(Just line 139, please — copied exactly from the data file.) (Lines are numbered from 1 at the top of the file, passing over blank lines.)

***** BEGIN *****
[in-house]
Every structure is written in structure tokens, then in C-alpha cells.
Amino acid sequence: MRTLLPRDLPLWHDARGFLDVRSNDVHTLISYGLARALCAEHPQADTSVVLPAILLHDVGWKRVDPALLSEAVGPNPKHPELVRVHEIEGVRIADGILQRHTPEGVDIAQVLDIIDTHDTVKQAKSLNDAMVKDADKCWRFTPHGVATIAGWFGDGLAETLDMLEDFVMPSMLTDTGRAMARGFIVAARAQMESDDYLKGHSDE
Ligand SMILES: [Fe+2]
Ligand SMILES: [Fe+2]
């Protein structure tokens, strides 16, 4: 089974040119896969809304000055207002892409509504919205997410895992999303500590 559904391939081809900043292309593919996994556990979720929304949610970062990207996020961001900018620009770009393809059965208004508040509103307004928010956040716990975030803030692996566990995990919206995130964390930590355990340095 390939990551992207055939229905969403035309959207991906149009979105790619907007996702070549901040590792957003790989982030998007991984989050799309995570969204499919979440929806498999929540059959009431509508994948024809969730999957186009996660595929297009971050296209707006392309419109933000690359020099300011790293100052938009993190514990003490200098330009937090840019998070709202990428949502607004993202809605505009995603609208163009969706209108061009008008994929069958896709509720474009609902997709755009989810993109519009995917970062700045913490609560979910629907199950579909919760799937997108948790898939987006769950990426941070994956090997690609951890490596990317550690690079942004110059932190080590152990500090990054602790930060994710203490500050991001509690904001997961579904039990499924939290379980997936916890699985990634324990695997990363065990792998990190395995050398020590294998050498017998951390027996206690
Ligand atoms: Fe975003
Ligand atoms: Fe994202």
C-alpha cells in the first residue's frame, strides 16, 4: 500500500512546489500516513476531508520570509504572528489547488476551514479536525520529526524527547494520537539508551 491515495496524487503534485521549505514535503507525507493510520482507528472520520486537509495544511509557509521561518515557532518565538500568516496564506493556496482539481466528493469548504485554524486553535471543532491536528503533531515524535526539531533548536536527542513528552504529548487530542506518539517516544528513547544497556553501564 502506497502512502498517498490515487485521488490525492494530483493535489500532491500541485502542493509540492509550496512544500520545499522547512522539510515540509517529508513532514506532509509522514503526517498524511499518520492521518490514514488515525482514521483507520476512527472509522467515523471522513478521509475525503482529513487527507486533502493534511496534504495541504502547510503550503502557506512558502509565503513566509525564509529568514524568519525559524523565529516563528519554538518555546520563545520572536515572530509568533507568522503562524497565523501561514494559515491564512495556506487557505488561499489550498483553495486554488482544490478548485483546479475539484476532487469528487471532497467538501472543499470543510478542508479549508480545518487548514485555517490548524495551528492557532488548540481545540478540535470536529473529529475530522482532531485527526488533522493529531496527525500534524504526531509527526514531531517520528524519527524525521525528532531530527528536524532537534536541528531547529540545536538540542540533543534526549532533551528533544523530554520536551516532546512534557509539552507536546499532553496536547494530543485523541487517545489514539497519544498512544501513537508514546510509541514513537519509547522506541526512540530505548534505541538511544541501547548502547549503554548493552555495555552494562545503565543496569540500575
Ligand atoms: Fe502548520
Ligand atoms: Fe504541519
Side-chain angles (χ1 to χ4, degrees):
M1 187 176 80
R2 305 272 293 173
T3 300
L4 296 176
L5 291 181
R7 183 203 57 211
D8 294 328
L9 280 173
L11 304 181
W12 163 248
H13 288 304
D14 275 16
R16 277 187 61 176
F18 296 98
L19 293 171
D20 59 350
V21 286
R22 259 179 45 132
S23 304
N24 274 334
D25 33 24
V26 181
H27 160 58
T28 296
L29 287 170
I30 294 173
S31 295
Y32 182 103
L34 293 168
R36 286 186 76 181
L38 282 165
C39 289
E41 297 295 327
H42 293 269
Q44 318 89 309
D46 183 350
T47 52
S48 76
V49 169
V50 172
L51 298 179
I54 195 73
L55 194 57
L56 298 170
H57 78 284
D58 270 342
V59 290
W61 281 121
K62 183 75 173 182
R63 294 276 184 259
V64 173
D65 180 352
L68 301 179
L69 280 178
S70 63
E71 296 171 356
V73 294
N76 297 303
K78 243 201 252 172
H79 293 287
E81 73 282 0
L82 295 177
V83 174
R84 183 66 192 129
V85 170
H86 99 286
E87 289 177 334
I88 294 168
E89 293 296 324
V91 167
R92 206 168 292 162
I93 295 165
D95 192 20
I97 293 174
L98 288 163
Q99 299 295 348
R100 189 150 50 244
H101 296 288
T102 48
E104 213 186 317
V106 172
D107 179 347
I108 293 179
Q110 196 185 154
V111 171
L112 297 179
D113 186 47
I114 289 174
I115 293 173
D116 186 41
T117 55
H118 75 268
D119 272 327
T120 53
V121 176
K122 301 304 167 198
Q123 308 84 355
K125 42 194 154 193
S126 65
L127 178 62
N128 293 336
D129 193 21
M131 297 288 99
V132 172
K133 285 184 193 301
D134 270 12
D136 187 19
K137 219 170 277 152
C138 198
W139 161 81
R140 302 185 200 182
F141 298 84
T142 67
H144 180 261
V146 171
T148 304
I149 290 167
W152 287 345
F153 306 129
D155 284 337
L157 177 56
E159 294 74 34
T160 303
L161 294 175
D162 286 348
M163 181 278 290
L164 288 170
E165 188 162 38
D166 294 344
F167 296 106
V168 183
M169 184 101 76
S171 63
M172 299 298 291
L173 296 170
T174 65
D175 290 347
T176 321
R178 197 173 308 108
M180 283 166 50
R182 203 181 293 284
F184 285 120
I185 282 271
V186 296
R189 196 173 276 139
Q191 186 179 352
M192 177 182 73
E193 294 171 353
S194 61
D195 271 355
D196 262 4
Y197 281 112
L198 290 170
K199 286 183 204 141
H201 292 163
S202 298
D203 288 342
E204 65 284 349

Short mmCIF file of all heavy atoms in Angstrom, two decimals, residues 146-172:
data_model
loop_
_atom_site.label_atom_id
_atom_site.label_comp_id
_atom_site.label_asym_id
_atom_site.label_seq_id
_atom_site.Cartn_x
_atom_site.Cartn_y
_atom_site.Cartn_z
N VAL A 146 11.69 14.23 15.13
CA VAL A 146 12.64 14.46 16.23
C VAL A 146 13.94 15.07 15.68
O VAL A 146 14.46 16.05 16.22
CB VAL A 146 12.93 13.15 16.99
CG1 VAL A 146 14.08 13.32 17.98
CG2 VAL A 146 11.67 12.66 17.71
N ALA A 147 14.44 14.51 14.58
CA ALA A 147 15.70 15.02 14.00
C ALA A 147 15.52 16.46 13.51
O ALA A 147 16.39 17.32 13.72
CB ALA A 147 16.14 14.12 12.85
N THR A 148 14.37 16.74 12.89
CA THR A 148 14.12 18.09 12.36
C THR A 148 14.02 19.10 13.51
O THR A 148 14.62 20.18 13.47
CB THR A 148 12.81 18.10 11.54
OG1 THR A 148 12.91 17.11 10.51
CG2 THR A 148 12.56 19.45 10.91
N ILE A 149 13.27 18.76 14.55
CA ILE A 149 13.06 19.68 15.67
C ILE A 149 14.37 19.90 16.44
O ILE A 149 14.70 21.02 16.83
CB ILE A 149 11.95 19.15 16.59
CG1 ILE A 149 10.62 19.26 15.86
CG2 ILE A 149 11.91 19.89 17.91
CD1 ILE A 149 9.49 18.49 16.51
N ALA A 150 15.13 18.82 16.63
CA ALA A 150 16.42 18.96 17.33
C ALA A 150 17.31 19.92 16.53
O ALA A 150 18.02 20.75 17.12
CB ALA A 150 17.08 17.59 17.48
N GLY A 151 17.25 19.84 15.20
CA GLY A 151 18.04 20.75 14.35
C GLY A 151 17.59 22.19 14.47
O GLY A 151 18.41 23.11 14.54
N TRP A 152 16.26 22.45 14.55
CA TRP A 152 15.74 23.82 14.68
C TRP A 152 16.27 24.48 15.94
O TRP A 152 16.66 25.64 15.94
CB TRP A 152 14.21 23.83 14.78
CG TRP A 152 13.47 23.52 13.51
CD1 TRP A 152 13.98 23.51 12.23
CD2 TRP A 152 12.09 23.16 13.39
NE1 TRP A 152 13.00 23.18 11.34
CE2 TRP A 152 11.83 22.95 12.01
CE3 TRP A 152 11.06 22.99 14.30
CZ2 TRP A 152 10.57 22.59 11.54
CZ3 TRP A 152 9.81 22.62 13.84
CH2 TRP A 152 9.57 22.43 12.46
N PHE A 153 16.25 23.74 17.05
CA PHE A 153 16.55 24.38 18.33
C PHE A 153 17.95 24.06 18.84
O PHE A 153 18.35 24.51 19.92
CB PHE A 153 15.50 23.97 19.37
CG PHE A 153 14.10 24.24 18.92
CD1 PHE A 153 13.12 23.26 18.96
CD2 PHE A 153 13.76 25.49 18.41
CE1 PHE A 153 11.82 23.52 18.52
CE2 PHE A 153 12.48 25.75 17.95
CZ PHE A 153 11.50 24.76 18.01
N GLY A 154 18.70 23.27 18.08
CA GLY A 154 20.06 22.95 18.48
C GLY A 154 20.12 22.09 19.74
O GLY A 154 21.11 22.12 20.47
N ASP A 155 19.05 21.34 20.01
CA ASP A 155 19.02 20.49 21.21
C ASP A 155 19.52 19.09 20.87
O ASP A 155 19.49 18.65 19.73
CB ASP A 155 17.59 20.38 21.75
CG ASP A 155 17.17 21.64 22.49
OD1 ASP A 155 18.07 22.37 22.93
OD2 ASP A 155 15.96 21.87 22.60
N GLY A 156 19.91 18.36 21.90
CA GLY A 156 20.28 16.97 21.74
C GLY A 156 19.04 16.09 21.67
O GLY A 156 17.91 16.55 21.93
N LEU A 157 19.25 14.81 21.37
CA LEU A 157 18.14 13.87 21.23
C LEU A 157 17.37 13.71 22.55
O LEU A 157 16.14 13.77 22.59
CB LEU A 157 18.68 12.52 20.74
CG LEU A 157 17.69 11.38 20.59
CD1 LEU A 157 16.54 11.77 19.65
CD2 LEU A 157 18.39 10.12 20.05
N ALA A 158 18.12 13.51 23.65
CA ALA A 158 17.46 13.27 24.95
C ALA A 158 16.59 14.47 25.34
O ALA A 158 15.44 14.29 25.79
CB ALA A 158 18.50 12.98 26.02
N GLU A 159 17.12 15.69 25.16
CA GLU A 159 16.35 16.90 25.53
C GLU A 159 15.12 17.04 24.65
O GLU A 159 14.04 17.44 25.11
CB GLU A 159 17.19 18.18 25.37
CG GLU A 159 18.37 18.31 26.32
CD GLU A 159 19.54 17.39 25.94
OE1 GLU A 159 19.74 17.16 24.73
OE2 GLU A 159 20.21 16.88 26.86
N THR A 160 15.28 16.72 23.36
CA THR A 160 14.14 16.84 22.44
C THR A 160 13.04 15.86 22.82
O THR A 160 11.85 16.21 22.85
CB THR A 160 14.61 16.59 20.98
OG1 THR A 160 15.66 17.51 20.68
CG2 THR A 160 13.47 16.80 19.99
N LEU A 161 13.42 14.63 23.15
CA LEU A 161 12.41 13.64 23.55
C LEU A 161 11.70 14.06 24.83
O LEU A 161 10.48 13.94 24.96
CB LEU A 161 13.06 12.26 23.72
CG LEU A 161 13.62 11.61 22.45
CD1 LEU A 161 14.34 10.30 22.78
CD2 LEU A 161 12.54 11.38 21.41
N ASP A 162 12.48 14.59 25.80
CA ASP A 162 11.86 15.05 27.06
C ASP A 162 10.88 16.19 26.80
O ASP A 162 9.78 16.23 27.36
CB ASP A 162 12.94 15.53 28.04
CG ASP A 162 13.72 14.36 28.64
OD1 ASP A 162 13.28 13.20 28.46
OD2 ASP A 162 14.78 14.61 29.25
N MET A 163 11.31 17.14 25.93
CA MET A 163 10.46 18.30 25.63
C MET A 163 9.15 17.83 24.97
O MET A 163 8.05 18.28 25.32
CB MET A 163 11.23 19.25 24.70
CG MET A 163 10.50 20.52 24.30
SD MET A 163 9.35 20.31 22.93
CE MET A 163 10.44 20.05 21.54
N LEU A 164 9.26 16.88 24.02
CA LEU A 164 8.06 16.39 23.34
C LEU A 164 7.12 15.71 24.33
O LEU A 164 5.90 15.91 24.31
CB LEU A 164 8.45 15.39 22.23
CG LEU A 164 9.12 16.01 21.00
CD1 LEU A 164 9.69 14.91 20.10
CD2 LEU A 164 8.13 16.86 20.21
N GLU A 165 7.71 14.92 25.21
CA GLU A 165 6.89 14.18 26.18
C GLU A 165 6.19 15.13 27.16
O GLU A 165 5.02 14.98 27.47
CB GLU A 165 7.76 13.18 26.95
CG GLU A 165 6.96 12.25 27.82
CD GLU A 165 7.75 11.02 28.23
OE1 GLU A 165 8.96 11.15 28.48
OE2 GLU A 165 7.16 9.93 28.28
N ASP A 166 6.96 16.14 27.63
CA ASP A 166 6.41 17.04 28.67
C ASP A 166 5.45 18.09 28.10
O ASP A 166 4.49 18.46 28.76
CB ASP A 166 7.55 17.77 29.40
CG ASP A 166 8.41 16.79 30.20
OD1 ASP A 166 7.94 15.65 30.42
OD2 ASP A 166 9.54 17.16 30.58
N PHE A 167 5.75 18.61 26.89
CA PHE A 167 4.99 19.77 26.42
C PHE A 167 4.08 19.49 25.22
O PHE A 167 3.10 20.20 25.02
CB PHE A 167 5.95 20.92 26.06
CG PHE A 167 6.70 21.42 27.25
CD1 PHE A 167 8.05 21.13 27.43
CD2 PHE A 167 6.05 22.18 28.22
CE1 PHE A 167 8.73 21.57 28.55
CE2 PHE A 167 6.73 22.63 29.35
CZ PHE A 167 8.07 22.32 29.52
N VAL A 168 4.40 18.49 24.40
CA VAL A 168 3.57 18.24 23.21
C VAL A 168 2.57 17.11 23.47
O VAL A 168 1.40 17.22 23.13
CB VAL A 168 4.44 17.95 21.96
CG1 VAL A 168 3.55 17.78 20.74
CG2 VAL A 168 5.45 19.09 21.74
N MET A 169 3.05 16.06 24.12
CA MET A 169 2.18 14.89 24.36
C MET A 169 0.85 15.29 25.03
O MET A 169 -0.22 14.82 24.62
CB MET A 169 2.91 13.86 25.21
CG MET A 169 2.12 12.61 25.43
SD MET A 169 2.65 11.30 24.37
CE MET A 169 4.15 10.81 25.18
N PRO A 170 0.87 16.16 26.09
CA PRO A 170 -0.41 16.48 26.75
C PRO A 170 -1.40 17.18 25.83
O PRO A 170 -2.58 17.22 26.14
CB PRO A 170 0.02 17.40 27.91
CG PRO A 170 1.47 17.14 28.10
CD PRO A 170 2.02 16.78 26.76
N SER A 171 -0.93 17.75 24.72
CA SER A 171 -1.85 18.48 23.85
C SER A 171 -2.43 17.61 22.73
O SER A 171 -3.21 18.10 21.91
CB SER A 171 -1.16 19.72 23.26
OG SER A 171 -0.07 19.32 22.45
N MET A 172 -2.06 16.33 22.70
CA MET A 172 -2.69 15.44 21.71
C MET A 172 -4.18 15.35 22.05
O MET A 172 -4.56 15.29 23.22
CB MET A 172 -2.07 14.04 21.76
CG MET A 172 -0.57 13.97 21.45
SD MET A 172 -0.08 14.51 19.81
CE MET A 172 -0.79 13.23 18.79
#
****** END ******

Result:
L164 288 170